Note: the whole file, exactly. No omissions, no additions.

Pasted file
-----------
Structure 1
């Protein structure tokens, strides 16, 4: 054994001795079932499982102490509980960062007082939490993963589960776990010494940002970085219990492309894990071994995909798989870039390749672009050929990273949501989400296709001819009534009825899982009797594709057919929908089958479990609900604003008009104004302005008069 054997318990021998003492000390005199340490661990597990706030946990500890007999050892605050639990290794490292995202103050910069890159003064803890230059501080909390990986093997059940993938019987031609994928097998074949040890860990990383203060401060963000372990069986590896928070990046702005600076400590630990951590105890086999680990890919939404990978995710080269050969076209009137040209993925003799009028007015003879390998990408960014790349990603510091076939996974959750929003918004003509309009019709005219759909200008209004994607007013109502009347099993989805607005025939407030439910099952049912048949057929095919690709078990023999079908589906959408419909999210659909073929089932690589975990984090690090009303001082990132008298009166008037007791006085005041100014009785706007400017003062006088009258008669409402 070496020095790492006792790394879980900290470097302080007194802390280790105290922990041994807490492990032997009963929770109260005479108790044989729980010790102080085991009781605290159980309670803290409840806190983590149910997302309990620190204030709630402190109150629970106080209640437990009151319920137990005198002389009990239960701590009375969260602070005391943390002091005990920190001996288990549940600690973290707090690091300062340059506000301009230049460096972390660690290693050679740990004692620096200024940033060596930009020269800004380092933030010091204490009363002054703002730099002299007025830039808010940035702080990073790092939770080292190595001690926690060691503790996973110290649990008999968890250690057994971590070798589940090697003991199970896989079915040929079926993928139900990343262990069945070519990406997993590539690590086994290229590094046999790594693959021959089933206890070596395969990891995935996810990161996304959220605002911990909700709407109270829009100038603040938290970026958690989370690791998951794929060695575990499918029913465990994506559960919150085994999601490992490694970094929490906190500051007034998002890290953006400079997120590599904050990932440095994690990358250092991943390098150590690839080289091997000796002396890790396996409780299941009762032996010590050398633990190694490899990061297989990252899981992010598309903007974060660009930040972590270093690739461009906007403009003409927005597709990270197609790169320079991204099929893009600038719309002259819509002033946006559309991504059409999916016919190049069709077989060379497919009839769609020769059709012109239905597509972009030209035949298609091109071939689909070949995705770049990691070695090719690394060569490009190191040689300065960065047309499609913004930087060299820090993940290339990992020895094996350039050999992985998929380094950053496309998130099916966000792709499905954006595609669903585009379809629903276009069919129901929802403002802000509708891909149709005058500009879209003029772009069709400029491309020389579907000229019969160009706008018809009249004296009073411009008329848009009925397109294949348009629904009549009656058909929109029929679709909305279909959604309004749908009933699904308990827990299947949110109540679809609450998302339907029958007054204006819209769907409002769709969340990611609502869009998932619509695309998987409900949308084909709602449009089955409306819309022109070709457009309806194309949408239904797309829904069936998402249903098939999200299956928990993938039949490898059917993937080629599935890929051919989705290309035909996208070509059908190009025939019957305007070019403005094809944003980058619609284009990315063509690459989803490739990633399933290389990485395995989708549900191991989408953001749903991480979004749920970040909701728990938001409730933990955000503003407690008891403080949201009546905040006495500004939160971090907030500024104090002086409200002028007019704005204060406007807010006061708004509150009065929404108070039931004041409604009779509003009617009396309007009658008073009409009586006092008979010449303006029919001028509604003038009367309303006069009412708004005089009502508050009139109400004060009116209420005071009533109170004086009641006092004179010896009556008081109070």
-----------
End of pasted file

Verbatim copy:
Structure 1
């Protein structure tokens, strides 16, 4: 054994001795079932499982102490509980960062007082939490993963589960776990010494940002970085219990492309894990071994995909798989870039390749672009050929990273949501989400296709001819009534009825899982009797594709057919929908089958479990609900604003008009104004302005008069 054997318990021998003492000390005199340490661990597990706030946990500890007999050892605050639990290794490292995202103050910069890159003064803890230059501080909390990986093997059940993938019987031609994928097998074949040890860990990383203060401060963000372990069986590896928070990046702005600076400590630990951590105890086999680990890919939404990978995710080269050969076209009137040209993925003799009028007015003879390998990408960014790349990603510091076939996974959750929003918004003509309009019709005219759909200008209004994607007013109502009347099993989805607005025939407030439910099952049912048949057929095919690709078990023999079908589906959408419909999210659909073929089932690589975990984090690090009303001082990132008298009166008037007791006085005041100014009785706007400017003062006088009258008669409402 070496020095790492006792790394879980900290470097302080007194802390280790105290922990041994807490492990032997009963929770109260005479108790044989729980010790102080085991009781605290159980309670803290409840806190983590149910997302309990620190204030709630402190109150629970106080209640437990009151319920137990005198002389009990239960701590009375969260602070005391943390002091005990920190001996288990549940600690973290707090690091300062340059506000301009230049460096972390660690290693050679740990004692620096200024940033060596930009020269800004380092933030010091204490009363002054703002730099002299007025830039808010940035702080990073790092939770080292190595001690926690060691503790996973110290649990008999968890250690057994971590070798589940090697003991199970896989079915040929079926993928139900990343262990069945070519990406997993590539690590086994290229590094046999790594693959021959089933206890070596395969990891995935996810990161996304959220605002911990909700709407109270829009100038603040938290970026958690989370690791998951794929060695575990499918029913465990994506559960919150085994999601490992490694970094929490906190500051007034998002890290953006400079997120590599904050990932440095994690990358250092991943390098150590690839080289091997000796002396890790396996409780299941009762032996010590050398633990190694490899990061297989990252899981992010598309903007974060660009930040972590270093690739461009906007403009003409927005597709990270197609790169320079991204099929893009600038719309002259819509002033946006559309991504059409999916016919190049069709077989060379497919009839769609020769059709012109239905597509972009030209035949298609091109071939689909070949995705770049990691070695090719690394060569490009190191040689300065960065047309499609913004930087060299820090993940290339990992020895094996350039050999992985998929380094950053496309998130099916966000792709499905954006595609669903585009379809629903276009069919129901929802403002802000509708891909149709005058500009879209003029772009069709400029491309020389579907000229019969160009706008018809009249004296009073411009008329848009009925397109294949348009629904009549009656058909929109029929679709909305279909959604309004749908009933699904308990827990299947949110109540679809609450998302339907029958007054204006819209769907409002769709969340990611609502869009998932619509695309998987409900949308084909709602449009089955409306819309022109070709457009309806194309949408239904797309829904069936998402249903098939999200299956928990993938039949490898059917993937080629599935890929051919989705290309035909996208070509059908190009025939019957305007070019403005094809944003980058619609284009990315063509690459989803490739990633399933290389990485395995989708549900191991989408953001749903991480979004749920970040909701728990938001409730933990955000503003407690008891403080949201009546905040006495500004939160971090907030500024104090002086409200002028007019704005204060406007807010006061708004509150009065929404108070039931004041409604009779509003009617009396309007009658008073009409009586006092008979010449303006029919001028509604003038009367309303006069009412708004005089009502508050009139109400004060009116209420005071009533109170004086009641006092004179010896009556008081109070």